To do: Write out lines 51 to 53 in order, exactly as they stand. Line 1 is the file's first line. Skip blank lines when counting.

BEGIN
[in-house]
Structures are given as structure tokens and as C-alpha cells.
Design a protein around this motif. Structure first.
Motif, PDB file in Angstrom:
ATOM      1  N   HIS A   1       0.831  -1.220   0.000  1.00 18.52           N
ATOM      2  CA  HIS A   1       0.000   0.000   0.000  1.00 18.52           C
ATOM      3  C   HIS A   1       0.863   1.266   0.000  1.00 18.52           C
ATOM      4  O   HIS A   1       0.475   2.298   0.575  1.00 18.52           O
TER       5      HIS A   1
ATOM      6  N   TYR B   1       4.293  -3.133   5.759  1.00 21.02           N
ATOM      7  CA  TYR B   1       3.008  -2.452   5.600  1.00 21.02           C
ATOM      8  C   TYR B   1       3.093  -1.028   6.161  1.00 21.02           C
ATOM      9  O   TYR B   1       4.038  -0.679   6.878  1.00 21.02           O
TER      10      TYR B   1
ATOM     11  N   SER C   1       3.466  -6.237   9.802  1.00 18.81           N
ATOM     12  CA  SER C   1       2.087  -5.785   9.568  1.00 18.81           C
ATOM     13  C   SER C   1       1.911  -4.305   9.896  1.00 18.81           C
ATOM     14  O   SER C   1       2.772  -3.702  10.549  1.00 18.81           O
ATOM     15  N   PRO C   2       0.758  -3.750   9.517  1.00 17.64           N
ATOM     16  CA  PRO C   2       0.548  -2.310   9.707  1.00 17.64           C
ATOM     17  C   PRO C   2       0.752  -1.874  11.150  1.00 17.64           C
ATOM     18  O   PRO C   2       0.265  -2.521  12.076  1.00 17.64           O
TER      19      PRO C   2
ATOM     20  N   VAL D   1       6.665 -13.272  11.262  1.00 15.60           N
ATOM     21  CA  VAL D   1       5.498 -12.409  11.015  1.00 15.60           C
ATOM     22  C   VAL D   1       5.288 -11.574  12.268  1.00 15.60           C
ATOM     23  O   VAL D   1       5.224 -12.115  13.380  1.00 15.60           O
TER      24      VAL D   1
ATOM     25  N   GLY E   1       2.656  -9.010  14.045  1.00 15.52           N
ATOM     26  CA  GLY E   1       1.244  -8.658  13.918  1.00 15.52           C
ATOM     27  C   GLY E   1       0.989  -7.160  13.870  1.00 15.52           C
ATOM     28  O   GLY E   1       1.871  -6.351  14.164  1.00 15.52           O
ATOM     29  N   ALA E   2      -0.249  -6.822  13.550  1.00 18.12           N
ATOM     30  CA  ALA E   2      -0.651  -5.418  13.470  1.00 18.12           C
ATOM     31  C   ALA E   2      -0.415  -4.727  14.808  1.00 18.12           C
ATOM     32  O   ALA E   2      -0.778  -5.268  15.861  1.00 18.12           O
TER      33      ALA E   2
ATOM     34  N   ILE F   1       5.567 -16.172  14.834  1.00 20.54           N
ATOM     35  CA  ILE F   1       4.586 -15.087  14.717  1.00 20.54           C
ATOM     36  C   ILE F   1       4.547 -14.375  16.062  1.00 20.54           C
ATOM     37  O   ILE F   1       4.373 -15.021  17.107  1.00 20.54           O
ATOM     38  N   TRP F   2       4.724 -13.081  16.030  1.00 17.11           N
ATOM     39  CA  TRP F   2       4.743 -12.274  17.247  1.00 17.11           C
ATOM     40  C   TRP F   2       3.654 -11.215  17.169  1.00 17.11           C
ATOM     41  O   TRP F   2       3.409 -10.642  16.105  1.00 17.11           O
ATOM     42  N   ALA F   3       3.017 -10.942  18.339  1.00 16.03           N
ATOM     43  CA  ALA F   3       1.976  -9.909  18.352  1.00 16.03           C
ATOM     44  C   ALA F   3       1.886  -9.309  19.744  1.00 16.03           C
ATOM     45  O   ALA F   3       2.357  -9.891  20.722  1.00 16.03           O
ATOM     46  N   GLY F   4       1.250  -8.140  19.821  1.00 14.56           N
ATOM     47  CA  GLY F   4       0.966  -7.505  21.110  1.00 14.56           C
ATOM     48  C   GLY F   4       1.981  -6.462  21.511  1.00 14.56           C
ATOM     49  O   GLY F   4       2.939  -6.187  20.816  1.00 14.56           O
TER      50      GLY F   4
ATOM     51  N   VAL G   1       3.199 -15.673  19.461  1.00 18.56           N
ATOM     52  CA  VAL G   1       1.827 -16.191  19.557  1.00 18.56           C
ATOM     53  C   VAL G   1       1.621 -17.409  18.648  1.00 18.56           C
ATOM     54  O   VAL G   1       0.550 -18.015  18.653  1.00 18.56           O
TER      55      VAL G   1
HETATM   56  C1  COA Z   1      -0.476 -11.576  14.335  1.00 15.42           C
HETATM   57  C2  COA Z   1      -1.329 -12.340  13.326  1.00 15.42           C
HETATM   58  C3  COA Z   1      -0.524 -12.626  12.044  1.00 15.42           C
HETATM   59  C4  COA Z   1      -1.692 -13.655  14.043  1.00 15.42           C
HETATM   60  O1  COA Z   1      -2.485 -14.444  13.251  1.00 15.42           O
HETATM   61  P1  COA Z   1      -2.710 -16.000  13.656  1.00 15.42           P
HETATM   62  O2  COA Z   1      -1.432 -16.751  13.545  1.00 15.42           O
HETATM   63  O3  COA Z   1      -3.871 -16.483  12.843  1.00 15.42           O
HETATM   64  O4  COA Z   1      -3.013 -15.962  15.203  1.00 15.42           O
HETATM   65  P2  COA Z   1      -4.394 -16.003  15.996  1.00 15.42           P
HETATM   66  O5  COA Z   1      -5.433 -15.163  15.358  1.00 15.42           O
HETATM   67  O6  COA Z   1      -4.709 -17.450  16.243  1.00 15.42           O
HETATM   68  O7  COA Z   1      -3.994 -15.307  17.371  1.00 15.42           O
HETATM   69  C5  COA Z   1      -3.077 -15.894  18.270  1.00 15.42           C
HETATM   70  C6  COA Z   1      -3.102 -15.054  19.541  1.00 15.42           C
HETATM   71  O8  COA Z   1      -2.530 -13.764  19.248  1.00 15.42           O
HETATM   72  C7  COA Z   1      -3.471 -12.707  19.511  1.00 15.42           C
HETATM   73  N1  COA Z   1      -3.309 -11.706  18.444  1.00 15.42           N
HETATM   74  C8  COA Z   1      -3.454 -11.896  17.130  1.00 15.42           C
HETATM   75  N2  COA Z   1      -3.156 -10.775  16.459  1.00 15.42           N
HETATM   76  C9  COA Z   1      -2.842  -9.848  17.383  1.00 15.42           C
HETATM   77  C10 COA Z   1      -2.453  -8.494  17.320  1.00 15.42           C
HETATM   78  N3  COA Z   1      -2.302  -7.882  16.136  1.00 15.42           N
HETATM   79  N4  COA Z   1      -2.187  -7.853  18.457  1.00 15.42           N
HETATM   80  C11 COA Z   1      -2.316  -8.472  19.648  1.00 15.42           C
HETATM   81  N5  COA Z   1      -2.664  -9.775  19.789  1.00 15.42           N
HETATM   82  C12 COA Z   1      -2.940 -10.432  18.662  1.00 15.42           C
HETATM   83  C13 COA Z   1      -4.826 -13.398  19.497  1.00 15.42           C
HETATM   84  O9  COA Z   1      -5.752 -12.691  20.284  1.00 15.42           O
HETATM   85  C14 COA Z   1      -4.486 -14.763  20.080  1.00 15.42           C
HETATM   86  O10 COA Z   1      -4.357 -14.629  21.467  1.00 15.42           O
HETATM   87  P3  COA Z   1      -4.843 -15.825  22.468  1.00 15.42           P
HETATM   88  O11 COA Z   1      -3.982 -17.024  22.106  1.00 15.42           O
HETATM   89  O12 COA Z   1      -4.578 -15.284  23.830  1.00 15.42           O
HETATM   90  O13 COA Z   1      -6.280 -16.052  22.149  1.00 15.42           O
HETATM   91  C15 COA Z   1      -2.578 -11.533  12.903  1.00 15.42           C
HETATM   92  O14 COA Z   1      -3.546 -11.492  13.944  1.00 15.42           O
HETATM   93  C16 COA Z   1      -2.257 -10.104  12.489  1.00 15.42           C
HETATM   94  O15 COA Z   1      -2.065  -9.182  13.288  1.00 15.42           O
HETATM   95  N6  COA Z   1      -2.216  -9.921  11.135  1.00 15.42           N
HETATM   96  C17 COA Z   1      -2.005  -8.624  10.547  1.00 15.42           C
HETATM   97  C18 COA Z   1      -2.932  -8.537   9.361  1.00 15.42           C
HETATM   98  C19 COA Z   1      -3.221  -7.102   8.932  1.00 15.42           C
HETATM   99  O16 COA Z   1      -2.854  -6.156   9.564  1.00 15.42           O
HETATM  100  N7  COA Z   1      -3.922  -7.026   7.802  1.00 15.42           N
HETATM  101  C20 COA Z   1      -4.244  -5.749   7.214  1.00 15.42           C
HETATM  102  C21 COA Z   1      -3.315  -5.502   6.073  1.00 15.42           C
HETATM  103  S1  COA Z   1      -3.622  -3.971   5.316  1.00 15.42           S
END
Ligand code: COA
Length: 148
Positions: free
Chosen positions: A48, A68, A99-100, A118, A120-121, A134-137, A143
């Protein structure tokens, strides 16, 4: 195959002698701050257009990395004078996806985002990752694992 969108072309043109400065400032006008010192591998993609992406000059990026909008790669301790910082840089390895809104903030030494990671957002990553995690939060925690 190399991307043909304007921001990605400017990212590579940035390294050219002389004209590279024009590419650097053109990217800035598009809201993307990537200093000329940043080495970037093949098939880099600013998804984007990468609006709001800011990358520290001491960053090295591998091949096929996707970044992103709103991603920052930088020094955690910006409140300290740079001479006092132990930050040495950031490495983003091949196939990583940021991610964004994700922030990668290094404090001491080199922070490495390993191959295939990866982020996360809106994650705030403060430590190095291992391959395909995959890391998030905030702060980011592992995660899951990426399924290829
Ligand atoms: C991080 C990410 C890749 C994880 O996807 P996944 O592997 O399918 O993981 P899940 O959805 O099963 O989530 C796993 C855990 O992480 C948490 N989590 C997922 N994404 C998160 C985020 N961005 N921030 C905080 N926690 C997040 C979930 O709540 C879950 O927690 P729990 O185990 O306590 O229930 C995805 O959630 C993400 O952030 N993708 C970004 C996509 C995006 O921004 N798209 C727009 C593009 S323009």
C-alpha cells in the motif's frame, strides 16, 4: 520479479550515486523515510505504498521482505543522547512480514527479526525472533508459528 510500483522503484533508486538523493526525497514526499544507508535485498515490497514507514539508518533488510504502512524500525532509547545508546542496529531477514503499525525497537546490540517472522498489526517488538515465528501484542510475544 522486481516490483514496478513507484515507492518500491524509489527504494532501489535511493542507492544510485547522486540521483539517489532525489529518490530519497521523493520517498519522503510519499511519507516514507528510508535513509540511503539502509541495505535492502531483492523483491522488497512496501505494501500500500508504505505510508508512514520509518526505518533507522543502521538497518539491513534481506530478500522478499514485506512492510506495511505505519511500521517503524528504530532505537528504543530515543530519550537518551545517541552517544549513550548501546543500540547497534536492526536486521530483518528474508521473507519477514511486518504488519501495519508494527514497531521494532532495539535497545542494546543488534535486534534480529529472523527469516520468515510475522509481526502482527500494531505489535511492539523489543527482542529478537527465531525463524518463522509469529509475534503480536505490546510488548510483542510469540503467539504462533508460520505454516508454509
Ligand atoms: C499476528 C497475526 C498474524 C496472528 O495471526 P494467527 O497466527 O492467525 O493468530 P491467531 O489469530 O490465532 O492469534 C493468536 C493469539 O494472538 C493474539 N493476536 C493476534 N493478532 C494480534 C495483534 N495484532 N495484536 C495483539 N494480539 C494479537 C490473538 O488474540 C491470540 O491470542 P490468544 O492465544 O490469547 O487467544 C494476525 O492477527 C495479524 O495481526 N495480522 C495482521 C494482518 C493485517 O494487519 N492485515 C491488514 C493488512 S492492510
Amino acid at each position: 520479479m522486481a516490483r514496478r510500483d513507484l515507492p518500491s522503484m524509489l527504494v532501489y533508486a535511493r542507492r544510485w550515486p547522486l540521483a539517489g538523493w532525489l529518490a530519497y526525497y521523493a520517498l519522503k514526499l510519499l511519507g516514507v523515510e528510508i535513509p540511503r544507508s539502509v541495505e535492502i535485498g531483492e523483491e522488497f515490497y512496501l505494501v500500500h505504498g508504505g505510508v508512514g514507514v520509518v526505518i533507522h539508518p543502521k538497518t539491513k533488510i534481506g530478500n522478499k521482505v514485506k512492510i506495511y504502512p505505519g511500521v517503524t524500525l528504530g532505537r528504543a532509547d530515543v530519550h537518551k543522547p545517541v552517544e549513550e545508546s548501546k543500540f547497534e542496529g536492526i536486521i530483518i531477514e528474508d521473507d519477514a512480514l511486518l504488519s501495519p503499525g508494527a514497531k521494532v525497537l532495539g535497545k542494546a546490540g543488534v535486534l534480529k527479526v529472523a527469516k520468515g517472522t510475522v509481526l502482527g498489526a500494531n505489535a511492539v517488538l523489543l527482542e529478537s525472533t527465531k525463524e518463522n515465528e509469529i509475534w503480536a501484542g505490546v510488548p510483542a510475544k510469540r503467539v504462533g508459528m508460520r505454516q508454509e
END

ATOM     47  CA  GLY F   4       0.966  -7.505  21.110  1.00 14.56           C
ATOM     48  C   GLY F   4       1.981  -6.462  21.511  1.00 14.56           C
ATOM     49  O   GLY F   4       2.939  -6.187  20.816  1.00 14.56           O